aggressive angle grinder attachment for woodcarving

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Forum topic by MichaelT77 posted 08-16-2012 08:56 AM 19871 views 0 times favorited 7 replies Add to Favorites Watch
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123 posts in 2655 days

08-16-2012 08:56 AM

I joined this web site a couple days ago, and I’ve got my first question. Yesterday, I bought some cherry and walnut planks from an elderly gentleman who is changing his hobbies and moving away from woodworking. While I was at his house, he showed me a tool (an angle grinder attachment) that he used to carve out that area of a chair seat that, you know, conforms with the human posterior.

I don’t know what it’s called. The guy thinks he bought if from Rockler several years ago. My local Rockler guys can’t indentify it, and I haven’t been able to find it on the Internet. I would describe it as a grey, steel doughnut with bristles. It’s not what I think of when I think of a grinding wheel. It’s three dimensional. It’s not one of those cups with wires. For lack of a better picture, I would describe it as a steel sea anemone (with shorter spikes). It’s one of the most agressive looking tools I’ve seen.

Does that sound familiar, and can you identify the tool?

Thank you.

Michael T

-- Michael T, Pittsburgh, PA

7 replies so far

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123 posts in 2655 days

#1 posted 08-16-2012 09:55 AM

While I was waiting for my first posting to be approved, I did a lot of searching on the Internet, and found the answer to my own question. This thing is called a Kutzall. I’m attaching a photo.

While I’m here, though, I wanted to say that I really like this web site. I just stumbled upon it a couple days ago. I’m both impressed and intimidated by some of the beautiful woodwork I’ve seen here. It’s also the first site that I’ve joined that has resulted in several welcome aboard messages. I appreciate that.

-- Michael T, Pittsburgh, PA

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2839 posts in 2840 days

#2 posted 08-16-2012 01:12 PM

Harbor Freight has a version of that. They also have the best price on the one with a chainsaw chain made by Lancelot tools. I bought one and have not yet used it – a chainsaw sculptor told me they were a bit on the dangerous side.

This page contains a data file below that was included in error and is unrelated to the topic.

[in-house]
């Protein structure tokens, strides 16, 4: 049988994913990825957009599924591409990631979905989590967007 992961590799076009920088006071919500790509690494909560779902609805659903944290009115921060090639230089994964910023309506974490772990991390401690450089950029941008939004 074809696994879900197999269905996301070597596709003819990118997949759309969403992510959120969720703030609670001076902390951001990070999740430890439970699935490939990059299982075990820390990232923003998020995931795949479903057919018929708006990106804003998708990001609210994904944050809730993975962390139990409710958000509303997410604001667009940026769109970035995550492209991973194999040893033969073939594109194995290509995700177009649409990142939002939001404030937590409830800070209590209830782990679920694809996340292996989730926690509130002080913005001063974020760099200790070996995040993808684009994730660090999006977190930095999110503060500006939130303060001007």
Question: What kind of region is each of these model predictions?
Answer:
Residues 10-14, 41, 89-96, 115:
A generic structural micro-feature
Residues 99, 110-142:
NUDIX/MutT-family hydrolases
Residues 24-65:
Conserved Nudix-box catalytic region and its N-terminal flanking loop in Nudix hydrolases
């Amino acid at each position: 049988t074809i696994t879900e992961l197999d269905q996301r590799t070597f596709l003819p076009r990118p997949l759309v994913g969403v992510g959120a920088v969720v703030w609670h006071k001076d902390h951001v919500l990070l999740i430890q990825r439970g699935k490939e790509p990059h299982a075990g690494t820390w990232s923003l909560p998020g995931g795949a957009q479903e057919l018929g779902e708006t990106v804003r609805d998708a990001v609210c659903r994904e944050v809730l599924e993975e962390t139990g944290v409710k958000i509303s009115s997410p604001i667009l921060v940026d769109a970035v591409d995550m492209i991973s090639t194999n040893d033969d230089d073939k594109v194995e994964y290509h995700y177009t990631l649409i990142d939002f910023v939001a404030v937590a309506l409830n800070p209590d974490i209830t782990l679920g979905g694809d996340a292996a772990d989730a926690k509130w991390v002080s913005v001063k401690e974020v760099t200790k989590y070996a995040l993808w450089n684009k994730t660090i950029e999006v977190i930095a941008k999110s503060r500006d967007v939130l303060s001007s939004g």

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Lee Barker

2172 posts in 3393 days

#3 posted 08-16-2012 02:03 PM

I purchased one of these on Charles Brock’s recommendation when I built a Maloof rocker. They really take the material off and are not as contrary as would appear because the teeth come straight off the surface, not an an angle. These orange ones seem to have fewer teeth than the silver one pictured above.

I also bought a smaller version, more like the end of a hotdog, that has a quarter inch shaft. Works great in a die grinder.

Back to the doughnut, one thing I learned was that a paddle-switch angle grinder is not a good choice for this cutter. I had no issues with it, but I can see it could be dangerous or disastrous. I have since purchased a slide-switch type backup AG, safer but somewhat awkward for a lefty.



-- " his brain, which is as dry as the remainder biscuit after a voyage, he hath strange places cramm'd with observation, the which he vents in mangled forms." --Shakespeare, "As You Like It"

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#4 posted 08-16-2012 02:12 PM

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#5 posted 08-16-2012 10:31 PM

Lee; A foot pedel switch to control the grinder would also add some safety. I use this system for all router work and many other hand held tools. Just make sure to turn the switch on the tool when you put it down. How do I know that ?

-- Nils, So. Central MI. Wood is honest.Take the effort to understand what it has to tell you before you try to change it.

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148 posts in 3129 days

#6 posted 08-17-2012 12:25 AM

I use the Kutzall a fair bit for (large) spoon and curve carving. It does work pretty well.

Warning: Keep BOTH hands on the grinder until it fully spins down. A moments inattention can lead to a whole lot of missing skin in a hurry :O I still have all of my fingers and can now make a fist without it hurting to much now so its all good but wasn’t totally sure for a while there…

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55 posts in 3604 days

#7 posted 08-17-2012 08:30 AM

You can still get them and as advertised they remove a lot of material in a hurry. I recently picked one up for a rocking chair that I plan to build. They create a LOT of dust. Check them out here and with a video:

-- He who fights with monsters might take care lest he thereby become a monster. And if you gaze for long into an abyss, the abyss gazes also into you.

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